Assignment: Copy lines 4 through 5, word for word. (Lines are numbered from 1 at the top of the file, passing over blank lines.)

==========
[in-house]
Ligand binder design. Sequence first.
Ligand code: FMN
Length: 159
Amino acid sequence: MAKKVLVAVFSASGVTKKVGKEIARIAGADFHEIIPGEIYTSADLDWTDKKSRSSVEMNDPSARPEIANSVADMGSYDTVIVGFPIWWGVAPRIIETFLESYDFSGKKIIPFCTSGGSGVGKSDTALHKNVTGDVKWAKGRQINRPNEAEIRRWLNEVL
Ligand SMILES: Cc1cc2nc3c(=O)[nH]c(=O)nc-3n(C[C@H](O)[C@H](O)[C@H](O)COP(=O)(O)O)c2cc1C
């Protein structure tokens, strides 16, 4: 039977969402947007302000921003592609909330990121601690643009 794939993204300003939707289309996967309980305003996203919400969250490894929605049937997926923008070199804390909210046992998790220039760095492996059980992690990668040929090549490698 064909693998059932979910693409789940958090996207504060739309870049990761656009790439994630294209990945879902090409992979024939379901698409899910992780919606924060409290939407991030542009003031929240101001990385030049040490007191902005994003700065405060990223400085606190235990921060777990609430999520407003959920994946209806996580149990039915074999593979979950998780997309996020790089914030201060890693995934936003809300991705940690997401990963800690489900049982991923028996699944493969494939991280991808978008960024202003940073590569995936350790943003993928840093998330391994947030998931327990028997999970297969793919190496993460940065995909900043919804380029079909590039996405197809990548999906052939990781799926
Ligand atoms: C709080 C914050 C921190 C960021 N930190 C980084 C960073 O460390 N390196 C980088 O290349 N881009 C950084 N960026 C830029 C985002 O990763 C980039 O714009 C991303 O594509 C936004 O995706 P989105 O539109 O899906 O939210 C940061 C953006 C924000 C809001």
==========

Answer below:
Length: 159
Amino acid sequence: MAKKVLVAVFSASGVTKKVGKEIARIAGADFHEIIPGEIYTSADLDWTDKKSRSSVEMNDPSARPEIANSVADMGSYDTVIVGFPIWWGVAPRIIETFLESYDFSGKKIIPFCTSGGSGVGKSDTALHKNVTGDVKWAKGRQINRPNEAEIRRWLNEVL